AAUP-Penn and many beyond our membership recognize that our academic responsibilities are primarily to meet the educational needs of our students. But we also recognize the necessity of protecting each other in dangerous times. No Penn administrator has explained the principles guiding their decision to mandate face-to-face teaching despite rising transmission. Faculty and staff are demoralized by the impression that the university is putting financial interest before the health of the community. We hope that is not the case, and wait for the administration to do the right thing.
Suvir Kaul is president of AAUP-Penn and an English professor at the University of Pennsylvania.
No: Classroom transmission is unlikely and remote education insufficient.
By Jonathan Zimmerman
Look at those ignorant Republicans, resisting COVID-19 vaccines and masks! They’re denying science!
That’s been a refrain of my fellow liberals in the academy, which prides itself on its scientific bona fides. But we sometimes ignore science, too, when it doesn’t fit our preconceptions or purposes.
Witness the petition signed by over 200 faculty members and graduate students at Penn, demanding that professors be allowed to “make their own decisions” about whether to teach in person or online. Given the “high transmission probabilities in classroom settings,” the petition argued, nobody should be required to meet students there.
But here’s what the science says: The chance of acquiring COVID-19 in classrooms is tiny. At Purdue University, which conducted in-person classes last fall, officials administered 84,000 viral tests and could not trace a single COVID-19 case to a classroom. Ditto for Cornell, which tested undergraduates twice a week and found no evidence of classroom transmission. And all that happened before anyone had access to vaccines, of course, which make in-class transmission even less likely.
COVID-19 spreads at parties and other informal settings, where students are mostly outside of our supervision. In class, by contrast, we can monitor their behavior. The sad irony of last semester was that many institutions — including Penn — welcomed students back to campus but did not teach them in person. We let them congregate in places we knew were dangerous, and we blocked them from gathering where they would be safe: our own classrooms.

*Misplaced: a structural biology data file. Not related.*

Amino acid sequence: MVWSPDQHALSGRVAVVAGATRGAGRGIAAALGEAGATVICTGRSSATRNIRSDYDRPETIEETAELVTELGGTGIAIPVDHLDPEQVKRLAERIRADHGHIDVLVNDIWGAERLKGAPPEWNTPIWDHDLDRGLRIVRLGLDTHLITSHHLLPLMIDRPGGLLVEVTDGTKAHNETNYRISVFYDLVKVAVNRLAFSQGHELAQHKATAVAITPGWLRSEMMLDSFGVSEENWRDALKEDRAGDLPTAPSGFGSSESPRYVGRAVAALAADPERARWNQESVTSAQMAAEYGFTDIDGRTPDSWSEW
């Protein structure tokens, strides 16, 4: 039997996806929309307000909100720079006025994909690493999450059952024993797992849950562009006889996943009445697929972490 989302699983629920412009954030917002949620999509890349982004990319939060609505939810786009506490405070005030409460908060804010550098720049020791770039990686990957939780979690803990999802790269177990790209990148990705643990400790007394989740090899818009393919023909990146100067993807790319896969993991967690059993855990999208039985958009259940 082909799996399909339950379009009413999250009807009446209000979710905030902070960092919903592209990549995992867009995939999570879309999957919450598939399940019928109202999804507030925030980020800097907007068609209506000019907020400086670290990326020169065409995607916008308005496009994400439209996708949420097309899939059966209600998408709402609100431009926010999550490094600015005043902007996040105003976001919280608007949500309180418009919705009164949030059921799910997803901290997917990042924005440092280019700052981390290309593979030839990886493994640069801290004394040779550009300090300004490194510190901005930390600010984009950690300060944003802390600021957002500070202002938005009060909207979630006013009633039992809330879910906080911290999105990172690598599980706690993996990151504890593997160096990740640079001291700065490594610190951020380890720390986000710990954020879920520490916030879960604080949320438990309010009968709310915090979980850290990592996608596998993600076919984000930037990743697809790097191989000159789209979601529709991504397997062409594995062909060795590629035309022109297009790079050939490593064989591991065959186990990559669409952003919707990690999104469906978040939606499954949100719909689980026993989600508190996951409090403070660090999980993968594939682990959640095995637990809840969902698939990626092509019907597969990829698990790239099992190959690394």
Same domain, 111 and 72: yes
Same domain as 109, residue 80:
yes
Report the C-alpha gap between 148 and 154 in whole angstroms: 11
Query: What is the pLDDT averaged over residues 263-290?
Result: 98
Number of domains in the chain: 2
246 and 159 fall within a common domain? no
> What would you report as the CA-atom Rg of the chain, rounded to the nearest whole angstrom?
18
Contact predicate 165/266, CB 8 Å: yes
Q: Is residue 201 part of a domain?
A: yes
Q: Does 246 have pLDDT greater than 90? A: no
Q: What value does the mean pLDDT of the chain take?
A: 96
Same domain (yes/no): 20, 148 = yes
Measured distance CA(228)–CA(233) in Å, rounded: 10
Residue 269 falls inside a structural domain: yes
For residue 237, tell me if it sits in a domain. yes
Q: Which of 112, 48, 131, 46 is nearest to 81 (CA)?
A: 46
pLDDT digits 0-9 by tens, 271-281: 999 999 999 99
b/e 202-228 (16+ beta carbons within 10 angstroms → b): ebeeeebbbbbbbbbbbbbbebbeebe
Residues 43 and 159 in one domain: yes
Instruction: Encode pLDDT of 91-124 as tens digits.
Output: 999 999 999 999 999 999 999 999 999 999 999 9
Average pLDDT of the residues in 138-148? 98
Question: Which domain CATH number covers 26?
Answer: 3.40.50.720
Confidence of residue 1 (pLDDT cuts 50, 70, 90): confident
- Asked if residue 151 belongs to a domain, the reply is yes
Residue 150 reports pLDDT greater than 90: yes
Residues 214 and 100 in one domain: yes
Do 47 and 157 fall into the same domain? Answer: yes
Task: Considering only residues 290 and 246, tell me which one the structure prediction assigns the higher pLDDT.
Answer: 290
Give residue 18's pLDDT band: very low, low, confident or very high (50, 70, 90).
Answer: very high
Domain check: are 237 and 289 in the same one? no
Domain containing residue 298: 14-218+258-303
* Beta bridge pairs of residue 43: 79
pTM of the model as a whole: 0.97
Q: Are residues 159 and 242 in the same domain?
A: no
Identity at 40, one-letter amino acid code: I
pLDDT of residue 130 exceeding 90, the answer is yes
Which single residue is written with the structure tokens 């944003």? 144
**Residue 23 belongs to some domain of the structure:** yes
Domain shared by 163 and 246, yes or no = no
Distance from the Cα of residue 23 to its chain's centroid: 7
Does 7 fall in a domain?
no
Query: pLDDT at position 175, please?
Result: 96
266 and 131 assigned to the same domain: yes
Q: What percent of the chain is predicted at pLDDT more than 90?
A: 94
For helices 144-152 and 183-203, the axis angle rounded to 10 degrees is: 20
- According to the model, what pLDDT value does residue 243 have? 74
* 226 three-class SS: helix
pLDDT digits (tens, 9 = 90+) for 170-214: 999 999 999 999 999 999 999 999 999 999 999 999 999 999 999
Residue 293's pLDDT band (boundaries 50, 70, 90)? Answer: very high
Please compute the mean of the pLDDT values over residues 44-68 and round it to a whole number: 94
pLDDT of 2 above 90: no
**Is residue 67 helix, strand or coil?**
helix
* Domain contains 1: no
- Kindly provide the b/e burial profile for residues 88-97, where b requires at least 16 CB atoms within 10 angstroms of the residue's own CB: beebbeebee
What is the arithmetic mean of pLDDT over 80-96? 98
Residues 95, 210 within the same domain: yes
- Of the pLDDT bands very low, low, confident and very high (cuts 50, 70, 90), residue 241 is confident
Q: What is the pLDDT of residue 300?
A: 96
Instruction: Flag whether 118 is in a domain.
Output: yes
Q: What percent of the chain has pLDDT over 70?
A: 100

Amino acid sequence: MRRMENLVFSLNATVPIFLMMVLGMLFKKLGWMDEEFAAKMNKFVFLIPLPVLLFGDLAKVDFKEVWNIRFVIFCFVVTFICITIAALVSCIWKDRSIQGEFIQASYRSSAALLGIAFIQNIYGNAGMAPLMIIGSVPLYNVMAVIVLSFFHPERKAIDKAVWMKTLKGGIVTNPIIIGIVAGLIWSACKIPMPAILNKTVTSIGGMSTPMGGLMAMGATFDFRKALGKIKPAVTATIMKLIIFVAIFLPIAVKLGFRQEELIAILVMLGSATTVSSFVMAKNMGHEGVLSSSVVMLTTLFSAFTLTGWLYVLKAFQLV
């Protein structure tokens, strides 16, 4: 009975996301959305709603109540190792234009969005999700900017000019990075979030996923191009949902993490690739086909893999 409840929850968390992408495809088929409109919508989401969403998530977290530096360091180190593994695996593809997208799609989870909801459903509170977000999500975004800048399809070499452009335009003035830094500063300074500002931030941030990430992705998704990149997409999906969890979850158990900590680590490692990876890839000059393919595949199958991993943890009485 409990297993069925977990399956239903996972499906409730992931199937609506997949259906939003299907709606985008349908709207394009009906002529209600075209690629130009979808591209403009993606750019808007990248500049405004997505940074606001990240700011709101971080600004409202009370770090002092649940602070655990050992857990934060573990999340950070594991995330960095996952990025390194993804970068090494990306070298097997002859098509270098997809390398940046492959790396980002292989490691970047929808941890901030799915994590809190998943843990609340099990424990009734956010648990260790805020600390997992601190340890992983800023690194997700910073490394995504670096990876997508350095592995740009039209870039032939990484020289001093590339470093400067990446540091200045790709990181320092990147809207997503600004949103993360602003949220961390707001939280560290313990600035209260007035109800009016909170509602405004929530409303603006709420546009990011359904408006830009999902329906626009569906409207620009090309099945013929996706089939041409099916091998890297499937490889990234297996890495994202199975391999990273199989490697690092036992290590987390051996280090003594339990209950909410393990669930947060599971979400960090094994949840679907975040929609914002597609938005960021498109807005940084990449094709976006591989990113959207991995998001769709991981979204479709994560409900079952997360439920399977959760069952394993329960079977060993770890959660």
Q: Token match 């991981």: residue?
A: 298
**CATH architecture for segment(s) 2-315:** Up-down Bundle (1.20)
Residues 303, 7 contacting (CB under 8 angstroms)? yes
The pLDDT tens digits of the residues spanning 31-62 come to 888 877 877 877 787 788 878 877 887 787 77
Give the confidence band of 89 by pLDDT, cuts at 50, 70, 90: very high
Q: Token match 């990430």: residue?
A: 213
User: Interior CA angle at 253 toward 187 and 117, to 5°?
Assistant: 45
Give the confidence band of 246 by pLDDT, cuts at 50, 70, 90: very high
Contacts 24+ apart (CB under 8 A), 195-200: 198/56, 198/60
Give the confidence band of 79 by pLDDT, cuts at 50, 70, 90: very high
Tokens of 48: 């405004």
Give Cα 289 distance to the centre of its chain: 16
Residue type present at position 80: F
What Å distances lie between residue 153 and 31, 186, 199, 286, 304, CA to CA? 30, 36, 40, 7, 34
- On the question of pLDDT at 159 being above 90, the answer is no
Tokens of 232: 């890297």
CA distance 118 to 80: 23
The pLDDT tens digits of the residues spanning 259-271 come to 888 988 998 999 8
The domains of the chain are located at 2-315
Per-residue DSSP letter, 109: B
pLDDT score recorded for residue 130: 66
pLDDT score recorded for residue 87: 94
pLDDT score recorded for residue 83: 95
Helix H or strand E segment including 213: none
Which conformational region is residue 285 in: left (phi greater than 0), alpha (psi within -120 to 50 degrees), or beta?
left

I understand that many of my colleagues feel afraid to teach in person. But to paraphrase Daniel Patrick Moynihan, everyone is entitled to their own feelings but not their own facts. Plenty of people are afraid of the COVID-19 vaccine, too, but that doesn’t make their resistance to it right.
“Just as the decision not to vaccinate adversely affects others, so does teaching students online rather than in person.”
Nor should we frame the question of in-person teaching as a professor’s personal “choice,” which likewise echoes the language of anti-vaccinators. All choices are not created equal. And just as the decision not to vaccinate adversely affects others, so does teaching students online rather than in person.
In a 2014 study of over 40,000 students in Washington state, investigators found that students tended to get worse grades in their online classes than in their regular ones. The drop-off was sharpest for students who were male, younger, and Black, and for students with lower grade point averages. In 2019, an extensive survey of research reported that students from lower-income and underrepresented backgrounds underperform in online settings. Put simply, virtual instruction widens the achievement gap in higher education.
You would think that a faculty so committed to equity — as many Penn professors claim to be — would pay a bit more attention to these facts. If you want a more equitable university or nation, you should be teaching in person. Anything less will hurt the people who have the least.
Of course, professors who are immunocompromised or who have other serious medical conditions should not be required to teach in the classroom. But many institutions already allow such exemptions to their vaccination requirements, so long as the condition can be documented by a doctor.
There’s already enough cynicism about science in our culture, especially among Republicans. Shame on the rest of us, if we play fast and loose with science ourselves. Its message is clear: We should get back our classrooms, following the safety guidelines that have blocked transmission. The only question is whether we’ll listen.
Jonathan Zimmerman teaches education and history at the University of Pennsylvania. He is the coauthor (with cartoonist Signe Wilkinson) of “Free Speech and Why You Should Give a Damn,” published in April by City of Light Press.